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Title: Making a difference : the use of meta-ethics in adjudication
Author: Smith, Dale
Awarding Body: University of Oxford
Current Institution: University of Oxford
Date of Award: 2004
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Moral philosophers have long debated whether moral utterances can be objectively true or false (or objectively valid or appropriate). Many legal philosophers have also participated in this debate (which I shall call 'the meta-ethical debate'). Recently, however, there has been a trend among legal philosophers - led by Ronald Dworkin and Jeremy Waldron - towards regarding the meta-ethical debate as irrelevant to the adjudication of legal disputes (and possibly to legal practice and theory more generally). This thesis explores the reasons underlying this trend, and argues that the trend is misguided. After outlining several versions of objectivism and anti-objectivism, and arguing that there is a genuine debate between these positions, I seek to establish the relevance of those positions to adjudication in two ways. Firstly, I consider the arguments offered by Dworkin and Waldron to show that the truth or falsity of moral objectivism is irrelevant to adjudication. I seek to show that both Dworkin's and Waldron's arguments fail to establish the irrelevance of the meta-ethical debate. Secondly, I seek to trace the implications of the meta-ethical debate for a particular issue relevant to adjudication - namely, the legitimacy of judicial review. I argue that, while both objectivists and anti-objectivists can regard judicial review as legitimate, one's meta-ethical position should affect one's attitude towards judicial review in a variety of sometimes subtle ways. I conclude that the truth or falsity of moral objectivism does have implications for adjudication, although those implications are not as great as has been suggested by some opponents of the trend towards regarding the meta-ethical debate as irrelevant to adjudication. In doing so, I seek to tread a middle path between the two most popular views of the relationship between the meta-ethical debate and adjudication - that the former is either irrelevant to the latter or else has radical implications for it.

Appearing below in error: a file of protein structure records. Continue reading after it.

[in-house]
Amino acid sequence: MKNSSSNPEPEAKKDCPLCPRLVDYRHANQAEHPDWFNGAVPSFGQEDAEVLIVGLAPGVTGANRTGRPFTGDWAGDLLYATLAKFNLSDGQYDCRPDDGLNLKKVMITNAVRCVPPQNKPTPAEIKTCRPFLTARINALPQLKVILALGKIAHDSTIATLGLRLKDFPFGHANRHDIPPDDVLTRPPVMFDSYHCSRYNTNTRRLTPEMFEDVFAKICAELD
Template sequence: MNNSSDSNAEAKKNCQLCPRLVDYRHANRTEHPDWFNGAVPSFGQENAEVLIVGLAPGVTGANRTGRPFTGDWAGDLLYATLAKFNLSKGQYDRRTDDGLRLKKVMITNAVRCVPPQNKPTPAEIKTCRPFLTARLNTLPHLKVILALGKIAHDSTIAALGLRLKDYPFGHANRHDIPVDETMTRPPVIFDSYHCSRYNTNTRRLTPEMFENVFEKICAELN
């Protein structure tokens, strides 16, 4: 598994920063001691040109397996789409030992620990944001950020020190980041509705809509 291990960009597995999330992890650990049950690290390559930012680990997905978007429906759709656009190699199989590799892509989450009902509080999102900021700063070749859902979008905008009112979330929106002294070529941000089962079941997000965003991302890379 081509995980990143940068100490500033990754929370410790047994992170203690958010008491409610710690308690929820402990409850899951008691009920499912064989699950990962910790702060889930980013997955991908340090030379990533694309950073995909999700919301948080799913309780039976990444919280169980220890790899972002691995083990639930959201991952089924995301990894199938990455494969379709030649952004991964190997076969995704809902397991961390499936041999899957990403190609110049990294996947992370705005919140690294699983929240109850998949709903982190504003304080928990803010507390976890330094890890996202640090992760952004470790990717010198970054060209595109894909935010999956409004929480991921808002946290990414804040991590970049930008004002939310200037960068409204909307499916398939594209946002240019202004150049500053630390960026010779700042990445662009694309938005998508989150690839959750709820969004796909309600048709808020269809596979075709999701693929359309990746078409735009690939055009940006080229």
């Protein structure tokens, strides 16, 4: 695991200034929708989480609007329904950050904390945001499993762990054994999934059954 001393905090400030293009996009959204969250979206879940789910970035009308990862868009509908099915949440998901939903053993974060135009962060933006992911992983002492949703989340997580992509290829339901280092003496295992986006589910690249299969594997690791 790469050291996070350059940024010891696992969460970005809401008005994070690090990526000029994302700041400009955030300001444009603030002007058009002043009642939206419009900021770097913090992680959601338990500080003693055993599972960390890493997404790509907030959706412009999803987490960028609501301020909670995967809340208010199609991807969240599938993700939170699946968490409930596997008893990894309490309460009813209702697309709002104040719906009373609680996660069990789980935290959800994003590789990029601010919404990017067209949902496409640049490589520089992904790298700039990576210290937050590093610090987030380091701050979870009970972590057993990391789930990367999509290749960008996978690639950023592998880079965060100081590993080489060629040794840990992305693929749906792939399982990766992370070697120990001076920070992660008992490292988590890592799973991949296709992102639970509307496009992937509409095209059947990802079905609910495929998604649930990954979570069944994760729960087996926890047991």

Supervisor: Not available Sponsor: Not available
Qualification Name: Thesis (Ph.D.) Qualification Level: Doctoral
EThOS ID:  DOI: Not available